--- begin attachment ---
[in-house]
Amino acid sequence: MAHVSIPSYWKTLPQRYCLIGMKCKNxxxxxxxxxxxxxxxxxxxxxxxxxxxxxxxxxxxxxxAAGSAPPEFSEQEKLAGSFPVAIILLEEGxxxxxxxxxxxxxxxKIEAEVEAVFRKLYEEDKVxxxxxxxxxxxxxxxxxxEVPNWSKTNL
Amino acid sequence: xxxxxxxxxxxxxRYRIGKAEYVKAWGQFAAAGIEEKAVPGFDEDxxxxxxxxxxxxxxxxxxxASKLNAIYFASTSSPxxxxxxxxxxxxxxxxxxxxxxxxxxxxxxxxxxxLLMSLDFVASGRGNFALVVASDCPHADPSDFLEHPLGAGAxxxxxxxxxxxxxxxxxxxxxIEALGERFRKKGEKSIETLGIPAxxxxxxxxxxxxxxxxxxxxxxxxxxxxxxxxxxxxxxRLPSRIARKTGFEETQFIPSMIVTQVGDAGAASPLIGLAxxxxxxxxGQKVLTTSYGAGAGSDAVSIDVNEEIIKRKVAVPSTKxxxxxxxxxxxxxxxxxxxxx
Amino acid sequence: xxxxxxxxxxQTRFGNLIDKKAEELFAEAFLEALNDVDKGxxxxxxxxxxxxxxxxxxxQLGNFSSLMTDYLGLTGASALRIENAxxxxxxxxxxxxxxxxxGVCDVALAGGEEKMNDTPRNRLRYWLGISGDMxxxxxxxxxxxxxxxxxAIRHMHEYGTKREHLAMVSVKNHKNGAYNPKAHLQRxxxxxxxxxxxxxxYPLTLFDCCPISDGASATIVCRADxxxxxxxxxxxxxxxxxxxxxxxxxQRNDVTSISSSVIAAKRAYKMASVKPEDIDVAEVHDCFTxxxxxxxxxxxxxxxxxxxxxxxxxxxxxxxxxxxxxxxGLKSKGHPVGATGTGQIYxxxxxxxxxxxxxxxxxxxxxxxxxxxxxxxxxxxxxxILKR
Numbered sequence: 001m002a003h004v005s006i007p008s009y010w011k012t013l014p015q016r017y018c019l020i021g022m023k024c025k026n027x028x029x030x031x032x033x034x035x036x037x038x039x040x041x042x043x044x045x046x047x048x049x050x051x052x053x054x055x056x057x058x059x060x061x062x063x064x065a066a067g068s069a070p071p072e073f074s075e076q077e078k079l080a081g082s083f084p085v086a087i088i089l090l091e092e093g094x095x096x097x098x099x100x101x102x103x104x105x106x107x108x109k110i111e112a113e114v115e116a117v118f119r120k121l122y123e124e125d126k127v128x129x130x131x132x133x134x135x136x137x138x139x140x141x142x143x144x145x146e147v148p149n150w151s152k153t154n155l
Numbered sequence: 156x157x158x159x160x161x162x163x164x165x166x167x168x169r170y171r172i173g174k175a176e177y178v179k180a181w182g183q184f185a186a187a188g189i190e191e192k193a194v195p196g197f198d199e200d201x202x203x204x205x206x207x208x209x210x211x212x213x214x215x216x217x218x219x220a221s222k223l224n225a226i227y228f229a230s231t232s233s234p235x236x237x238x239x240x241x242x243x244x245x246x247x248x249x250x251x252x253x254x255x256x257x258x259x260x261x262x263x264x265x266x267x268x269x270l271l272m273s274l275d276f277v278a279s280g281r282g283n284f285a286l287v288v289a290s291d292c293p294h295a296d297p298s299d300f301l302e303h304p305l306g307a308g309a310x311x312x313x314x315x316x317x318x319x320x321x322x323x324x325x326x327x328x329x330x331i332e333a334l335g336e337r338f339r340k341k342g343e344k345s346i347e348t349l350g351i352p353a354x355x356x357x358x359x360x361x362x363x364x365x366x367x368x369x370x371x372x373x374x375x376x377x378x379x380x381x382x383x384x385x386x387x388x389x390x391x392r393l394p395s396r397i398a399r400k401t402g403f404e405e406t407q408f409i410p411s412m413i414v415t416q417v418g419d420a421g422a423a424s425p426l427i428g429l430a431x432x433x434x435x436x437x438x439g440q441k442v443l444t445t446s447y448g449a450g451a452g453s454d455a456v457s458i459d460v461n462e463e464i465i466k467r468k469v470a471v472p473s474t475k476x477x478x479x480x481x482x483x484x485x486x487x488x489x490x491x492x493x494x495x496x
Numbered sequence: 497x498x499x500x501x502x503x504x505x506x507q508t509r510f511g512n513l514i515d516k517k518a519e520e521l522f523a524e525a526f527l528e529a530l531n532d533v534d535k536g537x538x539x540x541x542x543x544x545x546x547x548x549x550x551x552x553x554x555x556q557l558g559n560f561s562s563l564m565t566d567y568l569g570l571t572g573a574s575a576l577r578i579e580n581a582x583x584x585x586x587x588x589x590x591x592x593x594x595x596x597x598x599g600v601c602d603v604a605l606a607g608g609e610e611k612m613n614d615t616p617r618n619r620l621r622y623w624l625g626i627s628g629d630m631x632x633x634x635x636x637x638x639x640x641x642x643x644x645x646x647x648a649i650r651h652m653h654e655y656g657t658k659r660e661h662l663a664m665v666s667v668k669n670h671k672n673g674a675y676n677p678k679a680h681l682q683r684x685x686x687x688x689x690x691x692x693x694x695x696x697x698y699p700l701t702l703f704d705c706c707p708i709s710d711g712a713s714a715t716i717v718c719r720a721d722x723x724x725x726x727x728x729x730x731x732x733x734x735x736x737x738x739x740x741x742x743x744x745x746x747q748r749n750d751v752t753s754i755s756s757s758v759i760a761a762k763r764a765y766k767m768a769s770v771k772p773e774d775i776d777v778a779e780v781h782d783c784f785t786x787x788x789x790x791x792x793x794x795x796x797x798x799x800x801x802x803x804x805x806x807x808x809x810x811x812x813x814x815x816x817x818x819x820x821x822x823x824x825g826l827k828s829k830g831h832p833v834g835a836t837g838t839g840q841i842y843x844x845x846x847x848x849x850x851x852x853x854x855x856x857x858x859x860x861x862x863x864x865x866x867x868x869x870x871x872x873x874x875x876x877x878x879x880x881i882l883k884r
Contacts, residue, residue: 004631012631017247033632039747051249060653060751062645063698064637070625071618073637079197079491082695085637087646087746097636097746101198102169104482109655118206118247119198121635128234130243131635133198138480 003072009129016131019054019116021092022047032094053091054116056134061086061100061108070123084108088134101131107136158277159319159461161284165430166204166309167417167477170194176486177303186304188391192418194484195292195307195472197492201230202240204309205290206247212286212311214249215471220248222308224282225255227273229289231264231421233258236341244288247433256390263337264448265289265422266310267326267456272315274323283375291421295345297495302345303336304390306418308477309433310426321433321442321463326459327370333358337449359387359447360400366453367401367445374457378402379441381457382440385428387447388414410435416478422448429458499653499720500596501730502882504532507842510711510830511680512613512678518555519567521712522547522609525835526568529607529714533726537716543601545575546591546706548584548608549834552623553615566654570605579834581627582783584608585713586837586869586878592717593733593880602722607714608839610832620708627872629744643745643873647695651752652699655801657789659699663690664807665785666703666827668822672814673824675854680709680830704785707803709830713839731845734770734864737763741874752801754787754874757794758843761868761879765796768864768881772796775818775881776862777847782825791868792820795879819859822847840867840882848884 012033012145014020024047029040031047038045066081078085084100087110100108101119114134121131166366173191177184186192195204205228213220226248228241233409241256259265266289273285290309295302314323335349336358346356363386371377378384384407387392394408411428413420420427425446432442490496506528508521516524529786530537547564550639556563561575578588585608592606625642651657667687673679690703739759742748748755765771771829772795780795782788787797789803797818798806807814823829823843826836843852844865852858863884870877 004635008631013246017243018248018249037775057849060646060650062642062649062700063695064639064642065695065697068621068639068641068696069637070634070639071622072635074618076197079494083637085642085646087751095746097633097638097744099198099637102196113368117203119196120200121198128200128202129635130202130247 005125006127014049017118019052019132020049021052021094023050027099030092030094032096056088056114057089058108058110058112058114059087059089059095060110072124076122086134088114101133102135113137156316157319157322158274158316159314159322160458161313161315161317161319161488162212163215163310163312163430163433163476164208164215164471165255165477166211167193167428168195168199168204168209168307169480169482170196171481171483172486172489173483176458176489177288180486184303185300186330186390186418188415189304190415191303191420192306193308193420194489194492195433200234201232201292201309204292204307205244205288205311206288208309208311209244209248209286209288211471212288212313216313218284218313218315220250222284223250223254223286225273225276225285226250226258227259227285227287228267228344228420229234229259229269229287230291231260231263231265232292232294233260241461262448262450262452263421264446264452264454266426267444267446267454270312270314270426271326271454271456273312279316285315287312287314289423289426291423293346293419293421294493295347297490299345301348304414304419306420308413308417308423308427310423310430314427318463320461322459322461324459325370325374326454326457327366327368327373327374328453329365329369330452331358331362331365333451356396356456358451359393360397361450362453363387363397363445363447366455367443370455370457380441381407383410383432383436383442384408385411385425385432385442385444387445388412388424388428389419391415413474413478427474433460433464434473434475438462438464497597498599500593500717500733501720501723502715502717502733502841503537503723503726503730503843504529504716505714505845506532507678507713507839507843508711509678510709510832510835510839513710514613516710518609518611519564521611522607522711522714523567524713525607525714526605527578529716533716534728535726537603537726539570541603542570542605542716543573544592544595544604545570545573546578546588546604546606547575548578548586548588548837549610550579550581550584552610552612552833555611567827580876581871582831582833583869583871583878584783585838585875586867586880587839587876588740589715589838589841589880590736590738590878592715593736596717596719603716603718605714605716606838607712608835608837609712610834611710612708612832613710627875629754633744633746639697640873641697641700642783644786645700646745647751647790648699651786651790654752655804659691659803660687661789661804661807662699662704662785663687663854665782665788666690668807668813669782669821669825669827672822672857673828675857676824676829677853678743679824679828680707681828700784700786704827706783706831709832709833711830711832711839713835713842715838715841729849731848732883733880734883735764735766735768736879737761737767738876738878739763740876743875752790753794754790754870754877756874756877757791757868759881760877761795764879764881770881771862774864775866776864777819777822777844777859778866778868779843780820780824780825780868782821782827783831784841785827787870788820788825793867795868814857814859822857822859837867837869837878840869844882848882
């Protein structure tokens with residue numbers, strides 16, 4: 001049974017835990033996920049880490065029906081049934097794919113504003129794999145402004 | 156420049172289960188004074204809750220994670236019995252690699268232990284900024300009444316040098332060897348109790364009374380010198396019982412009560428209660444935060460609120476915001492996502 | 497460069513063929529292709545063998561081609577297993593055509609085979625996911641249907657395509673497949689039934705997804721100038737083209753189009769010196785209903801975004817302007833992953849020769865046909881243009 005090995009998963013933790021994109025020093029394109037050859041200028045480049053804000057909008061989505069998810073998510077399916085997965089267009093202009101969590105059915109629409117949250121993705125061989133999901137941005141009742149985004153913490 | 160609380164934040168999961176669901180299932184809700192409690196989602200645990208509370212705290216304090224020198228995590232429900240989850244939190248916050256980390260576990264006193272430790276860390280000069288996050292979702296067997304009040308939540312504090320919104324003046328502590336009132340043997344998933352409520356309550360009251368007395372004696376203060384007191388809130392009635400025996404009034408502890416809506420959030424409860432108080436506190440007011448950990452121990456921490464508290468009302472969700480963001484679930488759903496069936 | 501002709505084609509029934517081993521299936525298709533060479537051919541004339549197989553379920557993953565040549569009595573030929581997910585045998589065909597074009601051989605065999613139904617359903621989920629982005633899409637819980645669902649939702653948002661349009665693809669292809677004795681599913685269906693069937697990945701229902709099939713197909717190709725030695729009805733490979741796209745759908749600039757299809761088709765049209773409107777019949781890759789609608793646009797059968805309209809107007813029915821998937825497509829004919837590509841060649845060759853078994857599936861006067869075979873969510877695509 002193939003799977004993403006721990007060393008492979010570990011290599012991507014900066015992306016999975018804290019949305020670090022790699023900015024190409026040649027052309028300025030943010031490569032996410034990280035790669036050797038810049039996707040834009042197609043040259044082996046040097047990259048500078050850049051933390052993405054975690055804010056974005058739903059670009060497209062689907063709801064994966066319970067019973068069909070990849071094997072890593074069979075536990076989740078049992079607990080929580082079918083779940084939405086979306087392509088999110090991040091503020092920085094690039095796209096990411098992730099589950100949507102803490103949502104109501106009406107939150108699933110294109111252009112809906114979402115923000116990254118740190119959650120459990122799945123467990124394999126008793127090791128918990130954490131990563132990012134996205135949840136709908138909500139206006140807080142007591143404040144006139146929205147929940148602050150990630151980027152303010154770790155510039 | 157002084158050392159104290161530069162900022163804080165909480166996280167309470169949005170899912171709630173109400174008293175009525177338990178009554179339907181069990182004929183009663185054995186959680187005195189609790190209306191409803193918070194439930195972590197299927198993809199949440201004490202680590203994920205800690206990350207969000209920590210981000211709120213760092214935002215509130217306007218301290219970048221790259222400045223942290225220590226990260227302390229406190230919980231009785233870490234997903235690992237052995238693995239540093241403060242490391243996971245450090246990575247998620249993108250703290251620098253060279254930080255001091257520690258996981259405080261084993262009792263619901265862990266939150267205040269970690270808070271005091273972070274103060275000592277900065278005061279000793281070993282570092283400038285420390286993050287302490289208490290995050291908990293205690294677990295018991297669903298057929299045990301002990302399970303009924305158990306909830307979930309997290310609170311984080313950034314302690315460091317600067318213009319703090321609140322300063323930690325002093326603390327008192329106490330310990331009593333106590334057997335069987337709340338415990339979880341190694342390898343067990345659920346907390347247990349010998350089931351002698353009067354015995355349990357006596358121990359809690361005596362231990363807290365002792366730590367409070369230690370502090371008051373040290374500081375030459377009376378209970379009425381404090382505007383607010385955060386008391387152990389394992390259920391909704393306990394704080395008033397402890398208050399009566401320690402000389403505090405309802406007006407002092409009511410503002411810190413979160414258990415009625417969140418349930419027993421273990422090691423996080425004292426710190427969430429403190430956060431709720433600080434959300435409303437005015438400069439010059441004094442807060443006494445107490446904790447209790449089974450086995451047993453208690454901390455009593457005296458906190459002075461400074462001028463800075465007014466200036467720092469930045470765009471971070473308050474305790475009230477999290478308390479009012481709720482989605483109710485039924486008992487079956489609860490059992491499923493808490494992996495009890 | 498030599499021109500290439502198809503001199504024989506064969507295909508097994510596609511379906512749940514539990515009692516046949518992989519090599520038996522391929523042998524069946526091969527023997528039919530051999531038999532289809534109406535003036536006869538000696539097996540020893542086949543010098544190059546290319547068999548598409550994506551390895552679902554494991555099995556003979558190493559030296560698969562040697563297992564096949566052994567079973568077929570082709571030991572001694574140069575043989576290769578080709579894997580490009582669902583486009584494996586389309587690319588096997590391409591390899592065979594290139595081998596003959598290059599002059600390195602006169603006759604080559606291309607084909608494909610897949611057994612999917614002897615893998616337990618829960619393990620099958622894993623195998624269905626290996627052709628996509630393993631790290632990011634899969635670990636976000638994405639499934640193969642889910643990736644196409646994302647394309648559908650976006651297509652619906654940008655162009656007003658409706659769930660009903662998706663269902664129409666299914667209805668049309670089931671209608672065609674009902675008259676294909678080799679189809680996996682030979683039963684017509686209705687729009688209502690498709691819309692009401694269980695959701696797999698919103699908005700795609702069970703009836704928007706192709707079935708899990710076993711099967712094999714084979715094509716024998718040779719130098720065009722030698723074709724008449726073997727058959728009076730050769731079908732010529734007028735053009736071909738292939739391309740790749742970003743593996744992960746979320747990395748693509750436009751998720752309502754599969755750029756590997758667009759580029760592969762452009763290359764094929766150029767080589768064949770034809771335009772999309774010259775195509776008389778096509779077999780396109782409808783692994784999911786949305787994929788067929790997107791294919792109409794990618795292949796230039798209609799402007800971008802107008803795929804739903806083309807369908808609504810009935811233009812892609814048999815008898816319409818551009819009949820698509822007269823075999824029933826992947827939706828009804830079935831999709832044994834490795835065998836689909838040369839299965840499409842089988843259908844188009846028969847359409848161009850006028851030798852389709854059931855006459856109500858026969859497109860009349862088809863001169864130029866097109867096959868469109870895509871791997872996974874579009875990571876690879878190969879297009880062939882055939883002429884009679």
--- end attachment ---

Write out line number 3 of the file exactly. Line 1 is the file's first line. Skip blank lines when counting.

Amino acid sequence: xxxxxxxxxxxxxRYRIGKAEYVKAWGQFAAAGIEEKAVPGFDEDxxxxxxxxxxxxxxxxxxxASKLNAIYFASTSSPxxxxxxxxxxxxxxxxxxxxxxxxxxxxxxxxxxxLLMSLDFVASGRGNFALVVASDCPHADPSDFLEHPLGAGAxxxxxxxxxxxxxxxxxxxxxIEALGERFRKKGEKSIETLGIPAxxxxxxxxxxxxxxxxxxxxxxxxxxxxxxxxxxxxxxRLPSRIARKTGFEETQFIPSMIVTQVGDAGAASPLIGLAxxxxxxxxGQKVLTTSYGAGAGSDAVSIDVNEEIIKRKVAVPSTKxxxxxxxxxxxxxxxxxxxxx